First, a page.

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QUESTION

# How do you calculate molar solubility and ksp?

Molar solubility represents the number of moles of that can be dissolved per liter of solution before the solution becomes saturated.

The solubility product constant, or , expresses the product of the of ions raised to the power of their respective stoichiometric coefficients from the equilibrium reaction.

Usually, you'll get either the value of K_(sp) and have to determine the molar solubility of the dissociated ions, or vice versa. I'll demonstrate both cases. A general equation of a salt dissolved in aqueous solution is

A_aB_(b(s)) rightleftharpoons aA_((aq)) + bB_((aq))

The expression for this reaction's K_(sp) is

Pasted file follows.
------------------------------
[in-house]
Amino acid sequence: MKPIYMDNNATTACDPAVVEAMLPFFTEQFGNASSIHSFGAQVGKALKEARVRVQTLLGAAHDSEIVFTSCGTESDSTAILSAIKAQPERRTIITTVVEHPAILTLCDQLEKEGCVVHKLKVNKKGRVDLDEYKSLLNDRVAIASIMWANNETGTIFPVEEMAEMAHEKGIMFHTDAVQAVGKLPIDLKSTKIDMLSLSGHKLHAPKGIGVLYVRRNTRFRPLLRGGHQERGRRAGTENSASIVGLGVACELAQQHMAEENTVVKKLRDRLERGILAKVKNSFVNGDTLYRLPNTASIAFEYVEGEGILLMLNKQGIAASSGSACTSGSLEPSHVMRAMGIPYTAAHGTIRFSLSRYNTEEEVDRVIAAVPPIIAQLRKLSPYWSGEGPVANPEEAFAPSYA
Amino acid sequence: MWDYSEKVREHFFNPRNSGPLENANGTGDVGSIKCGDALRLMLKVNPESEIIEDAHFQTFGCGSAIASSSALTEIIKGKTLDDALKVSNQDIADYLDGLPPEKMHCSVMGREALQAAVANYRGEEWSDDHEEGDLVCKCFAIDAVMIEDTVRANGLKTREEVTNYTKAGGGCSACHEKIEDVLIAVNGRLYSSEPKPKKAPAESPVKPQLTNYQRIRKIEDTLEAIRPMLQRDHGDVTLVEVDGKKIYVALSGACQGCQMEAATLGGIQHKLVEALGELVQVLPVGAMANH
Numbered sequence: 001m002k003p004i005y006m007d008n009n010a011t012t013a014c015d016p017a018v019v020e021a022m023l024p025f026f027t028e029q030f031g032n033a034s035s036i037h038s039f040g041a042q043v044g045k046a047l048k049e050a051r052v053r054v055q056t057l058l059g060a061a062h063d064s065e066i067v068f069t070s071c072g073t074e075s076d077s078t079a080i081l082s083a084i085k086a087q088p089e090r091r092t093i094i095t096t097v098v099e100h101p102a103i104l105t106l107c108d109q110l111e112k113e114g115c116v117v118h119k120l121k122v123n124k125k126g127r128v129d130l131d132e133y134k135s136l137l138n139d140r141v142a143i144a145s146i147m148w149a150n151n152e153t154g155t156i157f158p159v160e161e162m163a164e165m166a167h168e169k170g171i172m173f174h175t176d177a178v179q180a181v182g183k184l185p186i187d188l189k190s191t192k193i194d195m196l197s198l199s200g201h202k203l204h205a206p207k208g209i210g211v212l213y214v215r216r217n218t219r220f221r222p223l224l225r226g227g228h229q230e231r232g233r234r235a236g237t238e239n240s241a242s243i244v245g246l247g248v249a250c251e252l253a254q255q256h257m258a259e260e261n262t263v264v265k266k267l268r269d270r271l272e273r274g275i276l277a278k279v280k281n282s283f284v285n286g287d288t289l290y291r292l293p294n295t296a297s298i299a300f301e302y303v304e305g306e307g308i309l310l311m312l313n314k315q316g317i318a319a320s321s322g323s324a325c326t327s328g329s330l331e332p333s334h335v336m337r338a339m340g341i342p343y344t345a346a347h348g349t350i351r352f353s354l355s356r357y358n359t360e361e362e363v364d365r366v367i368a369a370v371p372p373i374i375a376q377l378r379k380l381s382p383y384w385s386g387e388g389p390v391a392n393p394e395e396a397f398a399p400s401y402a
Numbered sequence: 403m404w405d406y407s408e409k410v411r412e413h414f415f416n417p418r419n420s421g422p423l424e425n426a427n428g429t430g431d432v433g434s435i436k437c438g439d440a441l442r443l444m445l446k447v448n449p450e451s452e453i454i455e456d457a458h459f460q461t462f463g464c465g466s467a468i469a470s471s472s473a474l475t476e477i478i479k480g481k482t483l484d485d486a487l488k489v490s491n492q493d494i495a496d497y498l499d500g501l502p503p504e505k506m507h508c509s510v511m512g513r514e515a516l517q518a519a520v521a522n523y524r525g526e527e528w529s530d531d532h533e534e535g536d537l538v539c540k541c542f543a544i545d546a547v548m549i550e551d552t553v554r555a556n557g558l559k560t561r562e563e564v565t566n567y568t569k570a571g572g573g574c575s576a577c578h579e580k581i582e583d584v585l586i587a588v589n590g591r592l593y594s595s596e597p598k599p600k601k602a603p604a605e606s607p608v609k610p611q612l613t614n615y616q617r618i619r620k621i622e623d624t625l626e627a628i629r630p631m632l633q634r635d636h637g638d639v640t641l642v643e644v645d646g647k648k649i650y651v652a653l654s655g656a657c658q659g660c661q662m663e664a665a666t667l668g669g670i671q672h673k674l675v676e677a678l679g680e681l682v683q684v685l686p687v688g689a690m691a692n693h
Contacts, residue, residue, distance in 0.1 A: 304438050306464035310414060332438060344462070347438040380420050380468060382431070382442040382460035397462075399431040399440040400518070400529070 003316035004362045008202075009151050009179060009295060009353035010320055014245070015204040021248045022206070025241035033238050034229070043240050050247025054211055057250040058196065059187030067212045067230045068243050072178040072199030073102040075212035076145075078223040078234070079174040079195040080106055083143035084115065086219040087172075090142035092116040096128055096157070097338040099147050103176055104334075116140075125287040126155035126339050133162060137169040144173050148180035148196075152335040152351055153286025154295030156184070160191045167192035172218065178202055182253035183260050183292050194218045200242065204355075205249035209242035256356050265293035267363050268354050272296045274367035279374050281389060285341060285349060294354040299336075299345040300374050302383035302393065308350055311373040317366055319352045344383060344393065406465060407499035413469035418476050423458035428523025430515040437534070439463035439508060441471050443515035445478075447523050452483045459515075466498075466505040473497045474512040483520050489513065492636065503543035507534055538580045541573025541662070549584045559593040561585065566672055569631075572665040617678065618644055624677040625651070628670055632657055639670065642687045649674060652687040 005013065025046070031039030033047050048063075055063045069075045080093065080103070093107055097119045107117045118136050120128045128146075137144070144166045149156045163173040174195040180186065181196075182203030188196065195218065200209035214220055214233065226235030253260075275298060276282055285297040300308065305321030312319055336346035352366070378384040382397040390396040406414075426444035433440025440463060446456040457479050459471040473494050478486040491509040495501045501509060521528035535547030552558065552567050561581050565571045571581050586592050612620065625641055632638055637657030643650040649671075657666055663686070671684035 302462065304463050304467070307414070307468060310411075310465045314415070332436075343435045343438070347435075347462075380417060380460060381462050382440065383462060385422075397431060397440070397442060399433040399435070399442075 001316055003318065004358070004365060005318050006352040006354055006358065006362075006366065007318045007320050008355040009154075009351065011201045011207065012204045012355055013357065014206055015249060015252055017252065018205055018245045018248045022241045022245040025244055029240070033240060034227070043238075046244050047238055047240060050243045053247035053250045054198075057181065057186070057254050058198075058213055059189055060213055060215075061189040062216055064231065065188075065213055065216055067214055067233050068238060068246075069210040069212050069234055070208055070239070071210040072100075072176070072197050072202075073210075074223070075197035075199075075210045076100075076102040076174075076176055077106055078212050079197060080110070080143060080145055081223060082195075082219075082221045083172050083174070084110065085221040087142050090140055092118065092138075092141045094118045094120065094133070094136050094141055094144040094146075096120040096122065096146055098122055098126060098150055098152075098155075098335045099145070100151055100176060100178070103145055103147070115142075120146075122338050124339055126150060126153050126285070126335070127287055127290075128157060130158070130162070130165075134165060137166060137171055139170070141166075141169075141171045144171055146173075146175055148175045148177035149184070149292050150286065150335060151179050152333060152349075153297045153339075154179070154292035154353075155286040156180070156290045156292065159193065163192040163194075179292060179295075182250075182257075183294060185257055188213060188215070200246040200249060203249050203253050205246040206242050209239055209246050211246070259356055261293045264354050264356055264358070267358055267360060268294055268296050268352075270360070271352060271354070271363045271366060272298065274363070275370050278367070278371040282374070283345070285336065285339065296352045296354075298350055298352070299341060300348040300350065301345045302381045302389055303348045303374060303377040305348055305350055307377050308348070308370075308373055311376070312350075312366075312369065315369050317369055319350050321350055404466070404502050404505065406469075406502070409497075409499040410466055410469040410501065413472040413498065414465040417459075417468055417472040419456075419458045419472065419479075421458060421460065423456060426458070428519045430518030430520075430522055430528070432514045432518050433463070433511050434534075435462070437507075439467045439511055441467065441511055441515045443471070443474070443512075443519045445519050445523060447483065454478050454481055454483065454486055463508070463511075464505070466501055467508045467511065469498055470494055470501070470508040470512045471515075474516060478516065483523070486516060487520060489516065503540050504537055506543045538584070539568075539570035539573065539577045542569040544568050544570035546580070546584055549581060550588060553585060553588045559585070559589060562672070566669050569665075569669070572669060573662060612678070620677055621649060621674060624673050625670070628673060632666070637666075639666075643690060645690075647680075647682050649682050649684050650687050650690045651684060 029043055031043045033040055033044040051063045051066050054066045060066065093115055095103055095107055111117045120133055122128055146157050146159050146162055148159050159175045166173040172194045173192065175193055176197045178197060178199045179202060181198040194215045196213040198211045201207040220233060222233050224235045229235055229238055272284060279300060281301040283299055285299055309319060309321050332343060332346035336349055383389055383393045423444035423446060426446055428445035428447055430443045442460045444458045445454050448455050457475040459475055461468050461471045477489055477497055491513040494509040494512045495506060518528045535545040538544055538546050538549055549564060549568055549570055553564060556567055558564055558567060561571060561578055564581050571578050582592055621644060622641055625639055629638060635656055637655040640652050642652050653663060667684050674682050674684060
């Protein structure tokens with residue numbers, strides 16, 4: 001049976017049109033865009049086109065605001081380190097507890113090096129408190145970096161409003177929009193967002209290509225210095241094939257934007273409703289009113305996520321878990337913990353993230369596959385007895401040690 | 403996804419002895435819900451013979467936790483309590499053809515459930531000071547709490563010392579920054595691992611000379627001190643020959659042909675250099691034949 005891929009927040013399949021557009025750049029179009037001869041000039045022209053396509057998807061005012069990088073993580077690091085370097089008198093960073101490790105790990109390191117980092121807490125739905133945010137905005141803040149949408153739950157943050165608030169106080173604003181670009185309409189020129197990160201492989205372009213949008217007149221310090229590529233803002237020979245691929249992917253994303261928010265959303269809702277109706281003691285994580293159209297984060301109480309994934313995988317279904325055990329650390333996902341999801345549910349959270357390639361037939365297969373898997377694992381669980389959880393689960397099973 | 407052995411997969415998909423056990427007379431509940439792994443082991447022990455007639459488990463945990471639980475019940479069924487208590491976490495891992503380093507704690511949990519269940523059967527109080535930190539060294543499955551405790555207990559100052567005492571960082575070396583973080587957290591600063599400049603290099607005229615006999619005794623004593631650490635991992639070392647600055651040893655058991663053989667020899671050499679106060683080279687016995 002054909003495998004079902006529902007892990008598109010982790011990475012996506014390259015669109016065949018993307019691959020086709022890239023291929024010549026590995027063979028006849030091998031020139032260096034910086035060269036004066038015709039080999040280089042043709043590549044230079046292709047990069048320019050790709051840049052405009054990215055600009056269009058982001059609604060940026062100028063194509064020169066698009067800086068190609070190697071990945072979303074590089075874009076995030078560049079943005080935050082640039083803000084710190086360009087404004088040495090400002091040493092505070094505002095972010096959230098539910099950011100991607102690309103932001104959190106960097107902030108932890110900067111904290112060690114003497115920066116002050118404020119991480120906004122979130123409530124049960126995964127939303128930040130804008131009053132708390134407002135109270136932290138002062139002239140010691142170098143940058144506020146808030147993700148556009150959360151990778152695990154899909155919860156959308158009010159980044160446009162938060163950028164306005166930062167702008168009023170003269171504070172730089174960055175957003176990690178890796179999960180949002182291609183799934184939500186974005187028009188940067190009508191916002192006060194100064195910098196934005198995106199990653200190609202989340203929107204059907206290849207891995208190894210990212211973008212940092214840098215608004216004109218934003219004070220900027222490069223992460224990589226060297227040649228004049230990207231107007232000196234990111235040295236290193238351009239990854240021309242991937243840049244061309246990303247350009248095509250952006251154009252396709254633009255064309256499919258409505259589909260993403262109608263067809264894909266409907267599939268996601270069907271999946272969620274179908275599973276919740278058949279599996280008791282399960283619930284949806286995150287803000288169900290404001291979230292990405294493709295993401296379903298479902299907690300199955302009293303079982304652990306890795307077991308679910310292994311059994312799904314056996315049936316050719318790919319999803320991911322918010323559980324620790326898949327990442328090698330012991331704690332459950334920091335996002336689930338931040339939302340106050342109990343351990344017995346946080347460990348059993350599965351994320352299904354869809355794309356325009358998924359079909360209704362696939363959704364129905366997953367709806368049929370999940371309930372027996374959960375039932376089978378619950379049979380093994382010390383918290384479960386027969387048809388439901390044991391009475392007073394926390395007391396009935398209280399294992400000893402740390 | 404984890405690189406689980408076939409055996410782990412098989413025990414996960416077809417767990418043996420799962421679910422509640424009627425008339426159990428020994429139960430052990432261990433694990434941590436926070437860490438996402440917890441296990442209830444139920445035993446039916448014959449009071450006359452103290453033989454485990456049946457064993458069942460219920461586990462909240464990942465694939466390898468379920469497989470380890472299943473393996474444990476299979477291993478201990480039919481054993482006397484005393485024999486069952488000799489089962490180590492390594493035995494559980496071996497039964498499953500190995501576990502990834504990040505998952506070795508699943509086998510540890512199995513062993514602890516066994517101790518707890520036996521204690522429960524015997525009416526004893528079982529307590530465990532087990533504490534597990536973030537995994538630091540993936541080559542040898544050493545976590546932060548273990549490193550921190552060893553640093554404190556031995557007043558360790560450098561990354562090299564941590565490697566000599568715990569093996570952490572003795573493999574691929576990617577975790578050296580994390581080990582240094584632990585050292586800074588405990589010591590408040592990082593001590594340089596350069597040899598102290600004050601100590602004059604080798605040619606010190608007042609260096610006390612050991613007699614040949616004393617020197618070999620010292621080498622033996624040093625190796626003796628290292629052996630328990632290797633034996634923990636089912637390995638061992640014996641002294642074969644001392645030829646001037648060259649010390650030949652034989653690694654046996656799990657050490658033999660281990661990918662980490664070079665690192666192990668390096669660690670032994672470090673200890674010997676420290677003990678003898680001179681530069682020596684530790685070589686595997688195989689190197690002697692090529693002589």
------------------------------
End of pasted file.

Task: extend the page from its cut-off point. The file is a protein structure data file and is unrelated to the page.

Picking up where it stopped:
K_(sp) = [A]^(a) * [B]^(b)

Let's say you know K_(sp). You can determine the molar solubility of both ions by using the fact that both concentrations increase proportional to their respective stoichiometric coefficients.

For A, the increase in the concentration of the ion will be a*x (there are "a" moles of "A" dissociated in solution); for "B", this increase will be b * x. Therefore,

K_(sp) = (a*x)^(a) * (b * x)^(b) = a^(a) b^(b) * x^((a+b))

Since "a" and "b" are derived from the equilibrium equation, solving for x will produce the molar solubilities of both ions.

LIkewise, if you know the concentrations of the dissociated ions, K_(sp) can then be determined by plugging these values in the equation

K_(sp) = [A]^(a) * [B]^(b)

Here are some links to actual examples:

http://socratic.org/questions/find-the-max-concentration-of-mg-2-ions-permissible-in-1l-0-01m-naoh-solution-if

http://socratic.org/questions/how-can-you-use-the-solubility-product-constant-to-calculate-the-solubility-of-a